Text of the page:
The metal and plastic components and pieces must then be separated from one another, such as by magnets, shakers, optics, manually or any other suitable means. Whereas the metal components can be sold or disposed of in their original form, or can be sent to a smelter for further processing, the plastic components and pieces thereof must be granulated. Therefore, the plastic pieces are first separated by material compositions, type and color, and are then processed in a granulator in order to reduce them to the desired size.
The present invention is, of course, in no way restricted to the specific disclosure of the specification, but also encompasses any modifications within the scope of the appended claims.
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|U.S. Classification||209/2, 209/702, 209/3|
|International Classification||B09B3/00, B03B9/06, A61B19/02, A61M5/32, B09B5/00, A61B19/00|
|Cooperative Classification||B03B9/061, A61B2090/0813, A61B50/36, B09B3/0075, B09B5/00, A61M5/3205|
|European Classification||B09B5/00, B09B3/00M, B03B9/06D|
|Jul 28, 1995||AS||Assignment|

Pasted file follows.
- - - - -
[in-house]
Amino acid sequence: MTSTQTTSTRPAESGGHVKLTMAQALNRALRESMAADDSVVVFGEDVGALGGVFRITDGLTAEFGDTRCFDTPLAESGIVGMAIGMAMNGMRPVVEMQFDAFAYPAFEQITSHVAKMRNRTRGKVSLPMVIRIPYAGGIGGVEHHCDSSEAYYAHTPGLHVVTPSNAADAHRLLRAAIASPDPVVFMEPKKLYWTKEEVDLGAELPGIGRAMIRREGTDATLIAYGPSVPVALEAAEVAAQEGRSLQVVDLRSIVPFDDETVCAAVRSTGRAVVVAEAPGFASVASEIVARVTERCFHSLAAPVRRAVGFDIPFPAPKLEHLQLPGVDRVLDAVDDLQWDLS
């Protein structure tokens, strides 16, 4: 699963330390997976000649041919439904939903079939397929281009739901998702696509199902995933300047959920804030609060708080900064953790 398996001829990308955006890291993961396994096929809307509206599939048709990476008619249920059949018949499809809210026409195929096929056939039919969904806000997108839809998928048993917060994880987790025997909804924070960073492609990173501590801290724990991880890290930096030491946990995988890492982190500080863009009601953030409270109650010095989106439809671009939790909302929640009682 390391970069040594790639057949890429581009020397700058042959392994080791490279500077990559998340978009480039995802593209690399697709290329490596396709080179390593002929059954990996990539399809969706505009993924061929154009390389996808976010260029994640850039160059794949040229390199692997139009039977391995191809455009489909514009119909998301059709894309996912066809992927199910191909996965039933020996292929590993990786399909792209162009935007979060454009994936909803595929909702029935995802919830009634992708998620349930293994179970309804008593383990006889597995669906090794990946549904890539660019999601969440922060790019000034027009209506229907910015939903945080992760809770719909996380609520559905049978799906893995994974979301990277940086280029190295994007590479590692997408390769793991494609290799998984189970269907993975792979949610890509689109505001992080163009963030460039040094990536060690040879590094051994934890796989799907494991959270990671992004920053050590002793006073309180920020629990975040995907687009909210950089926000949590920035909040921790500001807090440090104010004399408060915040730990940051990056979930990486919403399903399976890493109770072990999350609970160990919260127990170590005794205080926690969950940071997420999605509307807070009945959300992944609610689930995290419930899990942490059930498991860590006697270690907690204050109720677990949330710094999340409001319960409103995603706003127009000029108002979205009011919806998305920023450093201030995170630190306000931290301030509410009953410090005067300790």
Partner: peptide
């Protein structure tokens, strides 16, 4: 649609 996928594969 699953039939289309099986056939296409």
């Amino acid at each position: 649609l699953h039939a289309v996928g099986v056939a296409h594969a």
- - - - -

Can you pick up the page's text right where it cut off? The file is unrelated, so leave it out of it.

Owner name: UNIVERSAL RECYCLING INC., NEW MEXICO
Free format text: ASSIGNMENT OF ASSIGNORS INTEREST;ASSIGNOR:FLOWERS, JON WADE;REEL/FRAME:007614/0164
Effective date: 19950728
|Apr 13, 2001||FPAY||Fee payment|
Year of fee payment: 4
|Apr 8, 2005||AS||Assignment|
Owner name: UNICOR, UNIVERSALLY CORRECT TECHNOLOGY LLC, NEW ME
Free format text: ASSIGNMENT OF ASSIGNORS INTEREST;ASSIGNOR:UNIVERSAL RECYCLING INC.;REEL/FRAME:016438/0137
Effective date: 20050107
|Apr 14, 2005||FPAY||Fee payment|
Year of fee payment: 8
|Apr 20, 2009||REMI||Maintenance fee reminder mailed|
|Oct 14, 2009||LAPS||Lapse for failure to pay maintenance fees|
|Dec 1, 2009||FP||Expired due to failure to pay maintenance fee|
Effective date: 20091014